Challah and Our Ascension Through Hebrew

How does a simple ritual involving challah, the bread we eat during the Shabbat meal, relate to the ascension of our spirituality and mental development? It’s easy to understand; it’s in the Hebrew. As you know, Hebrew is a rich language with a lot more depth and meaning in even the use of a single letter. This relates to the example of a ritualistic practice performed in the making of the challah bread. It concerns both tragedy and hope.

What the Jewish people lost tragically

During the fires of rebellion against the might of the Roman Empire in the 70s ACE (after common era), the Second Temple of the Jews was destroyed in a prolonged and violent siege, with Roman legionnaires planting primitive explosives into the walls, detonating them like a firecracker in a clenched fist.

They also inadvertently curtailed the functions of the Cohanim, the Judaic priest class, removing an entire important aspect of Judaism that Jews mourn to this day — as it was seen as a direct connection to the Almighty God of their religion. How does the humble challah fit into this? Well, as part of the Jewish custom of not working one day of the week — the seventh day of rest, which is a holy day — the challah is an important part of this custom.

But traditionally, in the making of the challah, a piece of dough was separated and given to a holy man, the cohen (Jewish priest) we mentioned earlier, to consume. This sanctified the challah for the Shabbos meal, making it kosher to eat as an important part of the evening’s meal.

This ritual is known as Lehafrish in Hebrew. It literally means to “single out”. A special piece of the dough to go to our worldly connection to God, the Jewish priest. Sadly, that connection was severed when the Romans sacked Jerusalem and destroyed the Temple in retribution for the Jewish rebellion.

The ritual continues to this day

In some aspects, Judaism is a memorial religion, remembering and mourning the past, the so-called Golden Age of the Temple, the worldly link to the divine. This mourning is present in much of our rituals. For instance, in a Jewish wedding, once it has been completed, a glass of wine is covered with cloth and is stamped on it, shattering it. It is a reminder that even during the happiest occasions of our lives, there is still the overshadowing of tragedy.

How this plays out with Lehafrish is, the dough is still separated from the rest of the challah. But as there’s no longer a priest class to give the dough to, it is rather burnt to ash. This sad memorial is intended until the Jewish messiah comes, rebuilding the temple in their wake. So Judaism is a religion of hope as well.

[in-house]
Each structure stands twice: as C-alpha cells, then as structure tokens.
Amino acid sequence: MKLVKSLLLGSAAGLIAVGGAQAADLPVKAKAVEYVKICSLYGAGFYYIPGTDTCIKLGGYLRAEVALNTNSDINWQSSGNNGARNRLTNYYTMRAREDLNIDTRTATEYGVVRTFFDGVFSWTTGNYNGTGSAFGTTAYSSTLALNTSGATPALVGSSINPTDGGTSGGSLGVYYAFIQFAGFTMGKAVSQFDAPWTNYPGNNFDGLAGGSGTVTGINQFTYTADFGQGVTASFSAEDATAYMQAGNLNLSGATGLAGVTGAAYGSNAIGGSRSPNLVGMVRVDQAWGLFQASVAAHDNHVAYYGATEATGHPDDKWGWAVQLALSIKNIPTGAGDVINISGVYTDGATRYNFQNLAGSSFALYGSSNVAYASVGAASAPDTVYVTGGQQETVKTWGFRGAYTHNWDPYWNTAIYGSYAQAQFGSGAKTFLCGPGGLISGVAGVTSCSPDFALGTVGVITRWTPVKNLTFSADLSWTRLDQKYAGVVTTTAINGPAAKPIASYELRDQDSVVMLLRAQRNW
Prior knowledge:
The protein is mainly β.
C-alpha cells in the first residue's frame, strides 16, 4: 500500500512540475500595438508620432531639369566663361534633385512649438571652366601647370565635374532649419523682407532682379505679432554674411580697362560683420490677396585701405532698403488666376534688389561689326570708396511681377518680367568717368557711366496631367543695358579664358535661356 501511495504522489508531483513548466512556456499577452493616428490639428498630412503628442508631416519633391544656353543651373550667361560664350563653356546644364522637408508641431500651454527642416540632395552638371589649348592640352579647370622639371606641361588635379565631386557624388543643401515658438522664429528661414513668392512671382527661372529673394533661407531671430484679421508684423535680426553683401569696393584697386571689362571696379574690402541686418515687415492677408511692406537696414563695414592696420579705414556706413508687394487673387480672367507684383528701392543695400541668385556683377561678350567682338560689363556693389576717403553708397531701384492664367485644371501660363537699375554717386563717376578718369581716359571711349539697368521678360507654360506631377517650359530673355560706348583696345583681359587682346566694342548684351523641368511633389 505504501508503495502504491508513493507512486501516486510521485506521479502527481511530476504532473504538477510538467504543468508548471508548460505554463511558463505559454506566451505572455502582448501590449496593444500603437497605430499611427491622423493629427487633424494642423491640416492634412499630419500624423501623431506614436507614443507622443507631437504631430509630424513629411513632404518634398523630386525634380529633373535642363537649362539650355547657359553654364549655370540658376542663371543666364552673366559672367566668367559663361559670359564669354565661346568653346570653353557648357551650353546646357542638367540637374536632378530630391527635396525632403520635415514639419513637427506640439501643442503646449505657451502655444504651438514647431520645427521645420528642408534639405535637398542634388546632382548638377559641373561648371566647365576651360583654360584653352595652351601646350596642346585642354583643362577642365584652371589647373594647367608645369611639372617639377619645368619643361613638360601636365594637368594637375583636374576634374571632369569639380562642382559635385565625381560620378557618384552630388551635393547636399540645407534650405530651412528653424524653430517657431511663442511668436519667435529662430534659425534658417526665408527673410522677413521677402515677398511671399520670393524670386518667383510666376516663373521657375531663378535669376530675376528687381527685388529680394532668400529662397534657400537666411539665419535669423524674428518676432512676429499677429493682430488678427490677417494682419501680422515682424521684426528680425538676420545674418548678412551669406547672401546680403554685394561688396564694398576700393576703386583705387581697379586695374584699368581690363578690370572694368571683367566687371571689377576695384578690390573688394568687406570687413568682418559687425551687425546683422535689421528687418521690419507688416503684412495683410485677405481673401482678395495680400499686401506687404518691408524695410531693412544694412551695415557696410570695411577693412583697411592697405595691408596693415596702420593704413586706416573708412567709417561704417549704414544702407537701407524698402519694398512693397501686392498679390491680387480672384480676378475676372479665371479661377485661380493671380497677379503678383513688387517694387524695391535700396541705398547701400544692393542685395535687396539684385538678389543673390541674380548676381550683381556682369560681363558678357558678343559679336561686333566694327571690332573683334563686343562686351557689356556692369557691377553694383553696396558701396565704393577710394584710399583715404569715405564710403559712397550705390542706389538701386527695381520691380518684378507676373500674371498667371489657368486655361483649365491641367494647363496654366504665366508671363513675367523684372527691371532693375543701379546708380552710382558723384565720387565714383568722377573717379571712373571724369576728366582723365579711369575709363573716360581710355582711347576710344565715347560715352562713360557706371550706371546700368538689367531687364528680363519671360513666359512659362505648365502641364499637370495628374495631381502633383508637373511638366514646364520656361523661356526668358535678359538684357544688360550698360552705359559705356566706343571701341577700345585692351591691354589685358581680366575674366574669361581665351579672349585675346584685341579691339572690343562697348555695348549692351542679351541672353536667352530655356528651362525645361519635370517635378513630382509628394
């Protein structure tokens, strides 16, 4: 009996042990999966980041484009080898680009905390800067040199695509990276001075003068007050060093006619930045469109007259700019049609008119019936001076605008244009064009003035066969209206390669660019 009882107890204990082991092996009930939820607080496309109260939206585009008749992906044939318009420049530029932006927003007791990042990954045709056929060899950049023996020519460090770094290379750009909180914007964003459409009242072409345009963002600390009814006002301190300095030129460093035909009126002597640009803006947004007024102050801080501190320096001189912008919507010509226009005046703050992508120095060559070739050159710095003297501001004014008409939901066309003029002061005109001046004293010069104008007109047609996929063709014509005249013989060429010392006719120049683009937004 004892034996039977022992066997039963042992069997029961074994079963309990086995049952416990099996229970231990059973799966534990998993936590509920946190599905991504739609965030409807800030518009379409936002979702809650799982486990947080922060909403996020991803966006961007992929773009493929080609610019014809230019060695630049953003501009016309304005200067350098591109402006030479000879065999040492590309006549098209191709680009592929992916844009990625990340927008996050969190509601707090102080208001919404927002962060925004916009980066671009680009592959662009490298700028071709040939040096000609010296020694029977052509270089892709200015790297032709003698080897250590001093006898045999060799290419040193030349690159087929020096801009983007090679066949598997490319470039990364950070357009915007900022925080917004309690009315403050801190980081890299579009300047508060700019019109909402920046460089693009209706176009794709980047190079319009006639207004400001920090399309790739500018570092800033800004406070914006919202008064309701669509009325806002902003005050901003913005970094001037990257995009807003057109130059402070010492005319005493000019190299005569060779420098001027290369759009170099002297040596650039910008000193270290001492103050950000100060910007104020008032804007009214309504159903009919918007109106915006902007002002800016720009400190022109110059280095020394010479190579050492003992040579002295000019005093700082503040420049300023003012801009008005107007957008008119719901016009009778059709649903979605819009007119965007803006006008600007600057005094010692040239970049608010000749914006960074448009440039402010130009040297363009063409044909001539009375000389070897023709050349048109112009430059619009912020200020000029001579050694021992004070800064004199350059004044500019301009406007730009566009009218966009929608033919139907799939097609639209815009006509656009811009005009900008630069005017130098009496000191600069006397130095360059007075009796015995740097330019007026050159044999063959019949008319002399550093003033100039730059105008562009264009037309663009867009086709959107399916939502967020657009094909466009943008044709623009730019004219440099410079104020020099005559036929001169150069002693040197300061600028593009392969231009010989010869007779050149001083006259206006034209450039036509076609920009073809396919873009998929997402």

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But it’s the meaning of Lehafrish that rises like dough in an oven

Lehafrish, as we mentioned, means to “single out”. But it has connotations connected to that. Being singled out, in this context, is a positive. It means being chosen for a higher purpose. As originally intended, it was the piece of dough intended to create a sense of ascension as challah is a sanctified bread. That’s why Jews eat it at the Shabbos meal. It even receives its own blessing.

So, lehafrish is a word with dense meaning. It is part of the elevation of the spirit of the challah. Making the bread more than just any other baked good. But holy.

This is the nature of the Hebrew language. Words like lehafrish are packed with significance. This is true for almost all of the words in the vocabulary. Even individual letters have a deeper meaning. This becomes apparent as one studies Hebrew as a language through an Ulpan course. And the more one learns, the more poetic and richer in context life becomes. Like the challah through the lehafrish process, reality becomes sanctified.

You too can experience the deeper meaning of life through Hebrew

Whether or not you actually plan to visit or live or work in Israel, knowing the language will alter you and your perceptions of reality. There are many benefits to learning a second language, but Hebrew is especially powerful in this respect. It’ll provide you with a new way of thinking. Like the lehafrish ritual, it will elevate you and help you ascend in your worldview. It will deepen the hues and colors of the planet we live on.

And it’s easier than ever to jump straight into learning this beautiful, poetic language. Do it through Rosen School of Hebrew, where our unique teaching methods involve immersion into the language. This helps you incorporate it into your life that much faster. And all our teachers are passionate and certified, native-Hebrew speakers who will assist you in our live, online classes. Classes where you will join like-minded classmates like you, just as eager to learn, and keen to expand their worldly view through the lens of a new language. One that won’t just get you talking in a new tongue, but elevate your experience of the world. Sign up for one of our courses here.

About the author

Anthony FreelanderAnthony Freelander is a lifelong student of linguistics and history. His interest in Hebrew stems from a deep-rooted connection to it and its speakers. He’s been writing professionally since 2005.

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